Dear Woodhull Community,
We have a handful of fabulous interns this summer! All of them are very talented young women who have volunteered their time and hard work on behalf of Woodhull. Here’s a little introduction to the women behind the scenes!
Learn more about our interns and continue—>
Leighann Lord is a Woodhull Alumna, visit her website at www.veryfunnylady.com
Will: Who is Leighann Lord? Why comedy?
Leighann: Leighann Lord is a world traveling stand-up comedian, writer, actress, black belt, type A workaholic-perfectionist, and unabashed sci-fi fan. I love writing, performing and making people laugh. It also helps that I hated my day job and being cooped up in a cubicle all day made me itch. And by itch, I mean cry.
The San Francisco Chronicle’s Leah Garchik writes:
After the U.N. Conference on Women in Beijing 15 years ago, Hillary Rodham Clinton planted the seed for Vital Voices, a nongovernmental organization that works worldwide to support “emerging women leaders and social entrepreneurs.” Cissie Swig, profoundly committed to a host of global causes, political campaigns, women’s rights and the arts, is on its board. And last Monday, she invited about 30 friends, mainly women with parallel passions, to dinner at Villa Taverna to meet Vital Voices President Alyse Nelson, who described the group’s work: identifying those women, educating and training them in financial skills, marketing, communication, leadership.
This gathering wasn’t just about providing financial support. After Nelson described projects in nearly 127 countries and suggested the possibility of a Bay Area council, guests leaped in with ideas for participating. Mills College President Janet Holmgren said Mills would be excited to be “the nexus” for a Bay Area presence; Anette Harris, board member for the International Museum of Women, suggested that institution and Vital Voices might work together on a speakers’ series; retired Bishop William Swing of the United Religions Initiative said, “A lot of times religion keeps women from taking a place at the table; we would like to sit down and talk with you about that”; radio producer-writer-Woodhull Institute founder Margo Magowan talked about training women for on-air appearances; and Cissie’s daughter-in-law Darian Swig, whose passion is Human Rights Watch, discussed the importance of supporting Liberian President Ellen Johnson Sirleaf and suggested joining forces on a Liberia working group.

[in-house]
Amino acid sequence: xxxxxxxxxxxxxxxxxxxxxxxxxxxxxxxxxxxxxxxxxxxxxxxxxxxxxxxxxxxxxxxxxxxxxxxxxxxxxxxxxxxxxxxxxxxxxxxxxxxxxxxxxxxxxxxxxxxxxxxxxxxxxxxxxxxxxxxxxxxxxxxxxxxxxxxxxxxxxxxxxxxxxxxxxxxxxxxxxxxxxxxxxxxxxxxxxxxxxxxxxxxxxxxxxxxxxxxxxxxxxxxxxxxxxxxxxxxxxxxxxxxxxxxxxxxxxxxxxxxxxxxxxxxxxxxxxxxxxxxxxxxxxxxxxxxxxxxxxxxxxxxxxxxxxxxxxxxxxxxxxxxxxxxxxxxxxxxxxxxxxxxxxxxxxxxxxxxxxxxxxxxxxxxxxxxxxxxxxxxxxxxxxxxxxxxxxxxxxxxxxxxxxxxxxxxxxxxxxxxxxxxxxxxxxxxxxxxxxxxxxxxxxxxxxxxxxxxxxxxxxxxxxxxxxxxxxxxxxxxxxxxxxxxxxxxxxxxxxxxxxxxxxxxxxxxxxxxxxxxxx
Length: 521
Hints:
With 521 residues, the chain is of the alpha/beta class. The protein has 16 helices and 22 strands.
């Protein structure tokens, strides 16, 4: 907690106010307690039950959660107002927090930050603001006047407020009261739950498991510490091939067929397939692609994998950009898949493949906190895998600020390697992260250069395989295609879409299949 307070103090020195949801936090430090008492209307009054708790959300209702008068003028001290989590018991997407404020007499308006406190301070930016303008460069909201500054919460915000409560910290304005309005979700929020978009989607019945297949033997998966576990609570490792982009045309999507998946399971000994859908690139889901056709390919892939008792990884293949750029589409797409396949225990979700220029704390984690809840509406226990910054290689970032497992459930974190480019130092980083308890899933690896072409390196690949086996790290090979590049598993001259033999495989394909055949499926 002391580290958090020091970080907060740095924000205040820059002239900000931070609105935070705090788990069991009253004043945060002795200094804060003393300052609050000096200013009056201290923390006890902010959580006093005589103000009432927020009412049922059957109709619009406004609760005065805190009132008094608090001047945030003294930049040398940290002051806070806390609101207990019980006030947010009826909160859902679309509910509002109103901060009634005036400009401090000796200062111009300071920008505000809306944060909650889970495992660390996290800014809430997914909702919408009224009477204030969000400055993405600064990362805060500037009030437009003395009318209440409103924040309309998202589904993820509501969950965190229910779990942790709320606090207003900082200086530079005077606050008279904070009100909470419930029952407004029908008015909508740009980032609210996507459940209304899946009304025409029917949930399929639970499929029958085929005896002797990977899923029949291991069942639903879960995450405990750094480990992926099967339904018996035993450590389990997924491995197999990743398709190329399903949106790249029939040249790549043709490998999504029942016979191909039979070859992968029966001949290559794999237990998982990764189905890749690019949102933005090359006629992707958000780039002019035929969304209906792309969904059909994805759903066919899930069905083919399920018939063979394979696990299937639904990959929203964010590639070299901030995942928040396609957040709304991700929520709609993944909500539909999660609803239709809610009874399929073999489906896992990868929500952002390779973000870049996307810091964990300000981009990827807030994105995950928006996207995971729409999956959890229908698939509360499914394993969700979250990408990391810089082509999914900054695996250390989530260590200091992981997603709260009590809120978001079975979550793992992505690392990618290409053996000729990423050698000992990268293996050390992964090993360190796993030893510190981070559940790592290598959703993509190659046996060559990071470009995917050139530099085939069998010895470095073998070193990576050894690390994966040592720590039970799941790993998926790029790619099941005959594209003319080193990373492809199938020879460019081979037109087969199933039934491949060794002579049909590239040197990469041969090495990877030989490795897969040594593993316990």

Cissie Swig had accomplished the evening’s goal, as she expressed in a goodnight wish: “Stay connected.”
Dear Woodhull Community,
My name is Arielle Algarín, I am a rising Junior in the CUNY Macaulay Honors College at Hunter College and I am a summer intern at the Woodhull Institute. I am majoring in Political Science and am interested in the expanding role of women in politics and gender equality. My blog posts will reflect these interests and provide a weekly update of general women’s issues that are being discussed in the media. The Weekly News Wrap-Up will include opinions and profiles of female leaders in politics and business. My goal is to provide a resource for you to quickly access information that as a member of the Woodhull community would reflect your interests and keep you up-to-date with current events.
Read on for articles in Elections, The Supreme Court, Business, Immigration, Oil Spill, Women’s Rights, Reproductive Autonomy, and Sports
This week at San Francisco’s City Hall The International Museum of Women and San Francisco Arts Commission opened Economica: Picturing Power and Potential, a juried photo exhibition. The show features photography of women at work around the world, celebrating them as “economic participants and agents of change.”
To put on this show, the jury reviewed works by 150 artists who responded to an international call for submissions. In the end, 20 artists were selected: 6 from the Bay Area, 4 additional U.S. artists, and artists from Japan, Kenya, Brazil, the Netherlands, China, India, Iran, and Canada. The subject matter ranges from teen community leaders in Richmond to opera singers in Brazil to seaweed farmers in Zanzibar.